The biggest challenge is that most gig workers, as well as other self-employed and service-sector workers, have seen massive shocks to the demand for their labor services already, and especially rideshare work where demand is collapsing in the wake of social distancing measures and stay-at-home orders. Many workers were using gig work to make extra money on the side to make ends meet, and for most workers this option has completely disappeared.

On the other hand, some temp and gig work, like Amazon flex and grocery pickup services like Instacart, have seen demand increase. If you go to Whole Foods, you will see the store teeming with gig workers shopping and preparing to deliver groceries to clients for clients. This potentially represents a massive increase in this type of gig work. And that’s important, because government efforts to replace lost income – things like receiving unemployment benefits, receiving a stimulus check, or getting the earned income tax credit – take time, and only provide partial insurance for many workers. Being able to take a gig or temp job quickly is a way to ensure income is still rolling in in the short term.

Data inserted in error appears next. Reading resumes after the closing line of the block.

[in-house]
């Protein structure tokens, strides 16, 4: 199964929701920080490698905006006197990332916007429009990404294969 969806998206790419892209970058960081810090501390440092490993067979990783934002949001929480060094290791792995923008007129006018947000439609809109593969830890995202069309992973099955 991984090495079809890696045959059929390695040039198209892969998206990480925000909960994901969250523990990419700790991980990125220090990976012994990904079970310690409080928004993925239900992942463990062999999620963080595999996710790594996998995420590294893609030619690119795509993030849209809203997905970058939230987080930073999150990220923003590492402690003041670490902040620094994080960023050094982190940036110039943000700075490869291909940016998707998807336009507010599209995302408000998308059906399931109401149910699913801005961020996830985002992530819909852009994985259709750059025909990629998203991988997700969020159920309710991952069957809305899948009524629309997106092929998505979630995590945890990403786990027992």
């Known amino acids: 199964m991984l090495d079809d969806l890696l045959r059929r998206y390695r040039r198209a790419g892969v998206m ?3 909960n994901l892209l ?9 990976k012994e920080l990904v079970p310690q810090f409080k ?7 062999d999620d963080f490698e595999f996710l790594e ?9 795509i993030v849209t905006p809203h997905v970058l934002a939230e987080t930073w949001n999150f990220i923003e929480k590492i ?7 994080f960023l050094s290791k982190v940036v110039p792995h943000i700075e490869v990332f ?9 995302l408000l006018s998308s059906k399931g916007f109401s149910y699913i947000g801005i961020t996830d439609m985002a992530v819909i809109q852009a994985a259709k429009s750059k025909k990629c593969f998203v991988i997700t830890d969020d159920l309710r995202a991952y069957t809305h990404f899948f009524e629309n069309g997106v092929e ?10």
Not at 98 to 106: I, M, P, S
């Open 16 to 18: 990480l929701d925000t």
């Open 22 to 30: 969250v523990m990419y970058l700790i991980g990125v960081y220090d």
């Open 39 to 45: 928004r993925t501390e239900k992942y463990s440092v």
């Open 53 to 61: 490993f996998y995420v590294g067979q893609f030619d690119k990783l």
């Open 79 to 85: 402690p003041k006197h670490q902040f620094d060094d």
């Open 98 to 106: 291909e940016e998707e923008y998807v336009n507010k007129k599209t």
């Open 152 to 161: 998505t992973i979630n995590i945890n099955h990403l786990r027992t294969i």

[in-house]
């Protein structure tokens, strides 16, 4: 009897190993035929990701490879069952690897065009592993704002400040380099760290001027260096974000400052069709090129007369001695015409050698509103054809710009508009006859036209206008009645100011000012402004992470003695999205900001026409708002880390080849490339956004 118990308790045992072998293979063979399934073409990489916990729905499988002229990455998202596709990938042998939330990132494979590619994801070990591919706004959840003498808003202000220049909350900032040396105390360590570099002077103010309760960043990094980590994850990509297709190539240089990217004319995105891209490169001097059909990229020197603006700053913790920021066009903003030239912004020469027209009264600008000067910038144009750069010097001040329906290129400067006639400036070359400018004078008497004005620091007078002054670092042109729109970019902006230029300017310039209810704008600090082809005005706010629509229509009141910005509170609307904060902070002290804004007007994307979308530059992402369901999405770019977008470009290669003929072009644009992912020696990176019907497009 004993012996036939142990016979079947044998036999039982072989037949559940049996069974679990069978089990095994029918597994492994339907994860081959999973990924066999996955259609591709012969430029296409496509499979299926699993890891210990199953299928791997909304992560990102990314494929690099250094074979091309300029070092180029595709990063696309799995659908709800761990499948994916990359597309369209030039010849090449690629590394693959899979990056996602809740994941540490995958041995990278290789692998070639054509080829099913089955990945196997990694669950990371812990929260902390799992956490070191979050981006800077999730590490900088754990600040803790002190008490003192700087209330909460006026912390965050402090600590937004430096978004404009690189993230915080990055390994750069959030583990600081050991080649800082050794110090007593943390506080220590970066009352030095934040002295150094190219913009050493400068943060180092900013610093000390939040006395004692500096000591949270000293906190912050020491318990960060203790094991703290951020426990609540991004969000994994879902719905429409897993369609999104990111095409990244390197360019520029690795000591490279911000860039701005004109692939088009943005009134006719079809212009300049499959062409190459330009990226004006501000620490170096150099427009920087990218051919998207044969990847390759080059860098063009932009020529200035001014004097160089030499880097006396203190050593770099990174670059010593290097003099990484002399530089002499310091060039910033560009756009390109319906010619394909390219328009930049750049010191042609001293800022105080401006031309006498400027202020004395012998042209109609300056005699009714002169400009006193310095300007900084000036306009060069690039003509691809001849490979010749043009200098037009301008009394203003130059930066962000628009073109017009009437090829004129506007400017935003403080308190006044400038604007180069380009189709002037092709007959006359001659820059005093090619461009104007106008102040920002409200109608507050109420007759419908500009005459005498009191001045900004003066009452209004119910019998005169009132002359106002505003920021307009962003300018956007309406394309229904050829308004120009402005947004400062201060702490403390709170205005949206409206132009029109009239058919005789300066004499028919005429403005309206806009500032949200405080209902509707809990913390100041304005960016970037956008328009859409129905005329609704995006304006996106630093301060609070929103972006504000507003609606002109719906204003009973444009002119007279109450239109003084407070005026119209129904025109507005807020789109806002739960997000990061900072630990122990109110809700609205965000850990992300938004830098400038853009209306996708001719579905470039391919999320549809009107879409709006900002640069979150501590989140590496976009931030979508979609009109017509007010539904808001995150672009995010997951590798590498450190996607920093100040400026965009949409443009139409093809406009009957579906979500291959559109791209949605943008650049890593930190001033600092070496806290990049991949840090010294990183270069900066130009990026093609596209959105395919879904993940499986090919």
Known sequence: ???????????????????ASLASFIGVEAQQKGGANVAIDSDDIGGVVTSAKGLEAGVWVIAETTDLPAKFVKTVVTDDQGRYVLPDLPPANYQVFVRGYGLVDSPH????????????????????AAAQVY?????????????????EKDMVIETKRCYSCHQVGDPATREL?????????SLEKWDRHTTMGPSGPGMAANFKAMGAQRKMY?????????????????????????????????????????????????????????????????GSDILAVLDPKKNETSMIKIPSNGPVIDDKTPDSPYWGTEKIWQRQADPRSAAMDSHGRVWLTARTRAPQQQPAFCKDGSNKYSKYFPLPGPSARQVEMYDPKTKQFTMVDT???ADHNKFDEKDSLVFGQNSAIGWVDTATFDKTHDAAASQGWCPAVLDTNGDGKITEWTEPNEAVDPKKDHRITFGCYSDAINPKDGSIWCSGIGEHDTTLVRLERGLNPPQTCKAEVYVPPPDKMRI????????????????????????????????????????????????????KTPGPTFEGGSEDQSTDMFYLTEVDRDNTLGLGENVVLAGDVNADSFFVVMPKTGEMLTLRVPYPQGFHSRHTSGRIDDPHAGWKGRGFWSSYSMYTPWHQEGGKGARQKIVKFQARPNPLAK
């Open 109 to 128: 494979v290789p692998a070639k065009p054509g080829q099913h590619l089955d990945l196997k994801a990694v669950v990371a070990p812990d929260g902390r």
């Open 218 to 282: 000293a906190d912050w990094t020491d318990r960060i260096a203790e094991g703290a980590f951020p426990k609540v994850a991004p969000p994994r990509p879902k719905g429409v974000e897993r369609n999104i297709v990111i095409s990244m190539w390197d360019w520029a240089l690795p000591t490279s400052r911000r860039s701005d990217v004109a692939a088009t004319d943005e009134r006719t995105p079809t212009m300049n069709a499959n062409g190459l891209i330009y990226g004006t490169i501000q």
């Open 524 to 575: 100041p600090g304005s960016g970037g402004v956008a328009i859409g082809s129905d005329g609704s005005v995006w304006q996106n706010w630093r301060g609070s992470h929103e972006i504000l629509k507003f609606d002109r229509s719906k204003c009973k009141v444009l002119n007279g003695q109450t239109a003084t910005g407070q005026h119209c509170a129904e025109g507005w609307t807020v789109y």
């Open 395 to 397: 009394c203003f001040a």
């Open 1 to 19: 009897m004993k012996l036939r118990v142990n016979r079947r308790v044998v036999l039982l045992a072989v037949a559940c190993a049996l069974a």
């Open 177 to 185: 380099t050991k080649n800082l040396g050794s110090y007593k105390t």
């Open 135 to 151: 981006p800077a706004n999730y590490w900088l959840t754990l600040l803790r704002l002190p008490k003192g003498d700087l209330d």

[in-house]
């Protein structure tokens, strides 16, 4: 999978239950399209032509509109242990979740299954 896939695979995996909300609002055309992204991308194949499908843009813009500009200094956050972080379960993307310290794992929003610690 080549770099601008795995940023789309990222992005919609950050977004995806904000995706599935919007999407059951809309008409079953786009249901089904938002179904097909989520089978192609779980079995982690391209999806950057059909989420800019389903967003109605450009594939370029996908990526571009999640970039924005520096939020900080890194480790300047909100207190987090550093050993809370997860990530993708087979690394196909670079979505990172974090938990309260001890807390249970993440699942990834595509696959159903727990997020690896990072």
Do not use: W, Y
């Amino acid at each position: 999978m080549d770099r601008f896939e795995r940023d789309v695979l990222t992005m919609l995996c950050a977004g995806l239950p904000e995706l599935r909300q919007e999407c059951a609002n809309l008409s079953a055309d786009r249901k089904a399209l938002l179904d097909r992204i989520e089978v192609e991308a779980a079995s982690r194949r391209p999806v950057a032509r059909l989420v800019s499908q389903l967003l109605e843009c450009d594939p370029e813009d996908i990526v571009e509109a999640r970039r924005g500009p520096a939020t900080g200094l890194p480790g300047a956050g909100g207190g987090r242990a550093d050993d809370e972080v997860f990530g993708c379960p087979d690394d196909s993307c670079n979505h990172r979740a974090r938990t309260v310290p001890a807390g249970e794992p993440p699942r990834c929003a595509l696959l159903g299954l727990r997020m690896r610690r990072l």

What do you make of gig workers, such as Instacart workers, threatening to stop working due to concerns about COVID-19?     

Nobody should be forced to work, and nobody should have to choose between going to work in unsafe conditions and feeding their family. Proper precautions need to be taken by workers who choose to work in this crisis and the firms that employ them. This should include paid sick time, which we have seen some firms step up to provide. I would also like to see regulators like OSHA issue safety directives and set up hotlines for monitoring these directives.  

While there are incredibly important concerns about how we protect gig workers at the moment, it’s also important to note that there are customers in vulnerable populations who are benefiting from the ability to get groceries delivered to their door. We need to include this benefit in any welfare calculation of the gig work that is expanding as a result of the crisis.